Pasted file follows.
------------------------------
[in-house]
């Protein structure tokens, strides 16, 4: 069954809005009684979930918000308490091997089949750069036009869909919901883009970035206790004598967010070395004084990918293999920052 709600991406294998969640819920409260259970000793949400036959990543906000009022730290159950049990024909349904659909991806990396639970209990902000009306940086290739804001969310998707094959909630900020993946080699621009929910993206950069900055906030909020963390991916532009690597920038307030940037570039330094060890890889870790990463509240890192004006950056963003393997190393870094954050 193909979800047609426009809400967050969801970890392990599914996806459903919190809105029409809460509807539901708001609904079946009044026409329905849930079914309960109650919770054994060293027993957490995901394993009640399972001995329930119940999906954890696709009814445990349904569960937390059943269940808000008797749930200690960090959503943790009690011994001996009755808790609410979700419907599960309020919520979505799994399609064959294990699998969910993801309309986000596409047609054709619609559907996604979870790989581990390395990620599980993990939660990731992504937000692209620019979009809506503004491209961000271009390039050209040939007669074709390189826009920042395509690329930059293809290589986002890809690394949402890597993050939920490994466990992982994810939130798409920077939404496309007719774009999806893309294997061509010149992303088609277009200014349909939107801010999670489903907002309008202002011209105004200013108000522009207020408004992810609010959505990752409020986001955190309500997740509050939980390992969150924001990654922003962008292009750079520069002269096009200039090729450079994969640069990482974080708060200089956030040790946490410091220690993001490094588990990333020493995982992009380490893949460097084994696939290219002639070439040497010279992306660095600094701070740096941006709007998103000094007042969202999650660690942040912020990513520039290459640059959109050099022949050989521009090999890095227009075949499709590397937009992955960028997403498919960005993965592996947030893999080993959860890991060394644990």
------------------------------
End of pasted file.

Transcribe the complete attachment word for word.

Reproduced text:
[in-house]
């Protein structure tokens, strides 16, 4: 069954809005009684979930918000308490091997089949750069036009869909919901883009970035206790004598967010070395004084990918293999920052 709600991406294998969640819920409260259970000793949400036959990543906000009022730290159950049990024909349904659909991806990396639970209990902000009306940086290739804001969310998707094959909630900020993946080699621009929910993206950069900055906030909020963390991916532009690597920038307030940037570039330094060890890889870790990463509240890192004006950056963003393997190393870094954050 193909979800047609426009809400967050969801970890392990599914996806459903919190809105029409809460509807539901708001609904079946009044026409329905849930079914309960109650919770054994060293027993957490995901394993009640399972001995329930119940999906954890696709009814445990349904569960937390059943269940808000008797749930200690960090959503943790009690011994001996009755808790609410979700419907599960309020919520979505799994399609064959294990699998969910993801309309986000596409047609054709619609559907996604979870790989581990390395990620599980993990939660990731992504937000692209620019979009809506503004491209961000271009390039050209040939007669074709390189826009920042395509690329930059293809290589986002890809690394949402890597993050939920490994466990992982994810939130798409920077939404496309007719774009999806893309294997061509010149992303088609277009200014349909939107801010999670489903907002309008202002011209105004200013108000522009207020408004992810609010959505990752409020986001955190309500997740509050939980390992969150924001990654922003962008292009750079520069002269096009200039090729450079994969640069990482974080708060200089956030040790946490410091220690993001490094588990990333020493995982992009380490893949460097084994696939290219002639070439040497010279992306660095600094701070740096941006709007998103000094007042969202999650660690942040912020990513520039290459640059959109050099022949050989521009090999890095227009075949499709590397937009992955960028997403498919960005993965592996947030893999080993959860890991060394644990």